2023 Grant Recipients

Indigenous Environmental Mapping and Resilience Planning Project

Jeremy Campbell, Tom Wood, Shima Mohebbi (Institute for a Sustainable Earth, College of Humanities and Social Sciences, College of Engineering and Computing) 

After centuries of marginalization, Indigenous nations in the Commonwealth of Virginia have successfully mobilized for recognition and self-determination in recent decades. However, environmental stressors pose considerable threats to these communities as they work to restore stewardship over tribal lands and waters.  

Based in a partnership between the Chickahominy Indian Tribe and George Mason researchers, this project aims to collect, organize, and analyze socio-environmental data to support Tribal sovereignty in the realm of environmental decision-making. Our research focuses in two specific areas. First, we follow the principles of Indigenous Data Sovereignty to collect, organize, and archive environmental data pertaining to recently reacquired tribal lands (e.g., wildlife assessments, air and water quality data, GIS and remote sensing data modeling applications). Second, we will work with Chickahominy community members to build capacity for food sovereignty and community health initiatives.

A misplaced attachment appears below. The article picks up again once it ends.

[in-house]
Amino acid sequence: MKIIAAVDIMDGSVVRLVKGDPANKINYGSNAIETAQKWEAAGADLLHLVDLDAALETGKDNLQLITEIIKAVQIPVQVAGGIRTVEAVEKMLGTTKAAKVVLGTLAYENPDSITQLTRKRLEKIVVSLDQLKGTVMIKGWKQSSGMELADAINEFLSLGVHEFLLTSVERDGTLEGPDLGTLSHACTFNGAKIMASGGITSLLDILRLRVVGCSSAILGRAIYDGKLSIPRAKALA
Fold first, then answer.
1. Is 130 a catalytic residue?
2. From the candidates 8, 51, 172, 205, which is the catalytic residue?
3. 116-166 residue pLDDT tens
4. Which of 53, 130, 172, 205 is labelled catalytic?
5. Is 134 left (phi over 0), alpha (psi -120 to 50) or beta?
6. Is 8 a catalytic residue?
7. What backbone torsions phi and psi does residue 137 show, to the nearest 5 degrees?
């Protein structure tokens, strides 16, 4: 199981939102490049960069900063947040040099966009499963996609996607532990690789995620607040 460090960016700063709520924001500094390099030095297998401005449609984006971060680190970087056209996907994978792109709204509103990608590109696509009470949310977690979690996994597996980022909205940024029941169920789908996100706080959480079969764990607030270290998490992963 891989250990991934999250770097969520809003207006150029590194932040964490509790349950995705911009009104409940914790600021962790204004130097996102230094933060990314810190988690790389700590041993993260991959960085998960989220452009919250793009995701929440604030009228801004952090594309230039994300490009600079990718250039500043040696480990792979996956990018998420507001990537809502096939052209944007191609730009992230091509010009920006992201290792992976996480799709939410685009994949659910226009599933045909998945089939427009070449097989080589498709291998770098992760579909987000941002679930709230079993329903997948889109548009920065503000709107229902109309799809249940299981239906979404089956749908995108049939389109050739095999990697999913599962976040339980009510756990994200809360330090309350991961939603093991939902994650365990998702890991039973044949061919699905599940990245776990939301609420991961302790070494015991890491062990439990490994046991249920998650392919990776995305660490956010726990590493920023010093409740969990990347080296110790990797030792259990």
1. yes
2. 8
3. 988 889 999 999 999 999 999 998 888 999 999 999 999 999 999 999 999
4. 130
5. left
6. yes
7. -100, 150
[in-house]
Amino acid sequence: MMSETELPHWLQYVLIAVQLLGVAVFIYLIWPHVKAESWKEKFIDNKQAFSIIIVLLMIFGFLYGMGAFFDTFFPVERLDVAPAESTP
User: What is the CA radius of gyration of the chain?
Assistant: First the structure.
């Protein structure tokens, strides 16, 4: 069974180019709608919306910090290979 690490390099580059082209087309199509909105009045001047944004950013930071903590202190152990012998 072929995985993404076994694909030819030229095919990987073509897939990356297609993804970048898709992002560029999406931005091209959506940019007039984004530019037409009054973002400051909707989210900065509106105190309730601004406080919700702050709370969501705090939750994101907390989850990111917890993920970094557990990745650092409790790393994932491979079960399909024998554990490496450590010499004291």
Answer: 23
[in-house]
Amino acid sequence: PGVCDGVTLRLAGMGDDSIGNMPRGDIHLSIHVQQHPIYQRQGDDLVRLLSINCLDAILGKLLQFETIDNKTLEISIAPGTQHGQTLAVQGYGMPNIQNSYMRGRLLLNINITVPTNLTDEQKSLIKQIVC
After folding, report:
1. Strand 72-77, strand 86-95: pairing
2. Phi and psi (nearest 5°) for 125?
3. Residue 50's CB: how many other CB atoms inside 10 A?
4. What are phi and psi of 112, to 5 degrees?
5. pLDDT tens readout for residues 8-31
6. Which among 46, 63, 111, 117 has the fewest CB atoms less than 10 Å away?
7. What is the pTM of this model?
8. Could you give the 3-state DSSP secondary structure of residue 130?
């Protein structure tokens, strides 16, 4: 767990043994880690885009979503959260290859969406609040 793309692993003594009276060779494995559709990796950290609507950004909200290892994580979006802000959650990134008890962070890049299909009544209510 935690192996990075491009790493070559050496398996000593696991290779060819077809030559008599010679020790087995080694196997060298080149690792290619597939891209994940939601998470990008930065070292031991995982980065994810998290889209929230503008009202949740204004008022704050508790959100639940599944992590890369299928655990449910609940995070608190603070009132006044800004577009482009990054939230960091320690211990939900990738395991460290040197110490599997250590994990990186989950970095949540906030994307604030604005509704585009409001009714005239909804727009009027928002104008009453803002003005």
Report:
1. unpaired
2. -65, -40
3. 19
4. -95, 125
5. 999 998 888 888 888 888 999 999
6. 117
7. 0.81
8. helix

The data collection and management goals of this project directly inform our applied research efforts, and together these tasks support the broader aim of Indigenous-led landscape restoration. An additional goal of this project is to continue perfecting the engaged research methodologies through which sustained, equitable, and justice-affirming partnerships with Indigenous communities can produce mutually-beneficial outcomes for all.  

Mapping Inequality through Land Ownership and Land Use Change in the Shenandoah Valley of Virginia

Claude Van Sant, Laura Sauls (College of Humanities and Social Sciences) 

Building on previous research, this project examines how changes in land ownership and land use in the Shenandoah Valley of Virginia explain trends in regional economic inequality and development.